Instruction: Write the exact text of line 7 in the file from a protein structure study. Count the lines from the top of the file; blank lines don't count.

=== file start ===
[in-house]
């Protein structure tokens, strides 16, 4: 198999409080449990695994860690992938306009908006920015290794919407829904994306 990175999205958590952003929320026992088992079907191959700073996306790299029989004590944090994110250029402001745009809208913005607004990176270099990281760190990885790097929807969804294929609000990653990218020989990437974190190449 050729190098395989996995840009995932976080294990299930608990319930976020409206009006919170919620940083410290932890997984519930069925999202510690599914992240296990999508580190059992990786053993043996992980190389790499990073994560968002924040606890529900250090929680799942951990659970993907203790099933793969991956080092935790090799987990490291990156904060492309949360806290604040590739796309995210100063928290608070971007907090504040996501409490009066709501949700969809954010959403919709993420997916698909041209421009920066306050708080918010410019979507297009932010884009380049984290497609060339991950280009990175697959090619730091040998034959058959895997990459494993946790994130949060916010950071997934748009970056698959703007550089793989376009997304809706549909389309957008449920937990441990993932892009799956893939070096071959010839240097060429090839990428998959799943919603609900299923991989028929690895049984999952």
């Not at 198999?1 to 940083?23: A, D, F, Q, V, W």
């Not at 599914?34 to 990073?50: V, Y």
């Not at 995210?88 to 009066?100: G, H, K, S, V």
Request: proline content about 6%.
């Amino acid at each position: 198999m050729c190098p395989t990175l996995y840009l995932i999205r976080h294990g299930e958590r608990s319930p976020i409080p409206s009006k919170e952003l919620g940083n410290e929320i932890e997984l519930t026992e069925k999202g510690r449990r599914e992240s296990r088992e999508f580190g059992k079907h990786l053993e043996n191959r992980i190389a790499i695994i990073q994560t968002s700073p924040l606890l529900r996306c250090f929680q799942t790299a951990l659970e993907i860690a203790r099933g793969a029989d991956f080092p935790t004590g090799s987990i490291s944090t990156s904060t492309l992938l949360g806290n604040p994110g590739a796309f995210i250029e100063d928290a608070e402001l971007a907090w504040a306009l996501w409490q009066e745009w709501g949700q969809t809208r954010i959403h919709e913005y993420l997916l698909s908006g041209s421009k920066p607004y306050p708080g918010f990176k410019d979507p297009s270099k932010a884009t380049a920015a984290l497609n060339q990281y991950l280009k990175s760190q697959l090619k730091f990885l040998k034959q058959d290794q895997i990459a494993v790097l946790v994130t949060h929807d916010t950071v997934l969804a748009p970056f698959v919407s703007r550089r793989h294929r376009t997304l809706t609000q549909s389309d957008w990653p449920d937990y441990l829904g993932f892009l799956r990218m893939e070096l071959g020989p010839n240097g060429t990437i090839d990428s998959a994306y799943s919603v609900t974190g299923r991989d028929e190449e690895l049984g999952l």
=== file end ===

């Amino acid at each position: 198999m050729c190098p395989t990175l996995y840009l995932i999205r976080h294990g299930e958590r608990s319930p976020i409080p409206s009006k919170e952003l919620g940083n410290e929320i932890e997984l519930t026992e069925k999202g510690r449990r599914e992240s296990r088992e999508f580190g059992k079907h990786l053993e043996n191959r992980i190389a790499i695994i990073q994560t968002s700073p924040l606890l529900r996306c250090f929680q799942t790299a951990l659970e993907i860690a203790r099933g793969a029989d991956f080092p935790t004590g090799s987990i490291s944090t990156s904060t492309l992938l949360g806290n604040p994110g590739a796309f995210i250029e100063d928290a608070e402001l971007a907090w504040a306009l996501w409490q009066e745009w709501g949700q969809t809208r954010i959403h919709e913005y993420l997916l698909s908006g041209s421009k920066p607004y306050p708080g918010f990176k410019d979507p297009s270099k932010a884009t380049a920015a984290l497609n060339q990281y991950l280009k990175s760190q697959l090619k730091f990885l040998k034959q058959d290794q895997i990459a494993v790097l946790v994130t949060h929807d916010t950071v997934l969804a748009p970056f698959v919407s703007r550089r793989h294929r376009t997304l809706t609000q549909s389309d957008w990653p449920d937990y441990l829904g993932f892009l799956r990218m893939e070096l071959g020989p010839n240097g060429t990437i090839d990428s998959a994306y799943s919603v609900t974190g299923r991989d028929e190449e690895l049984g999952l």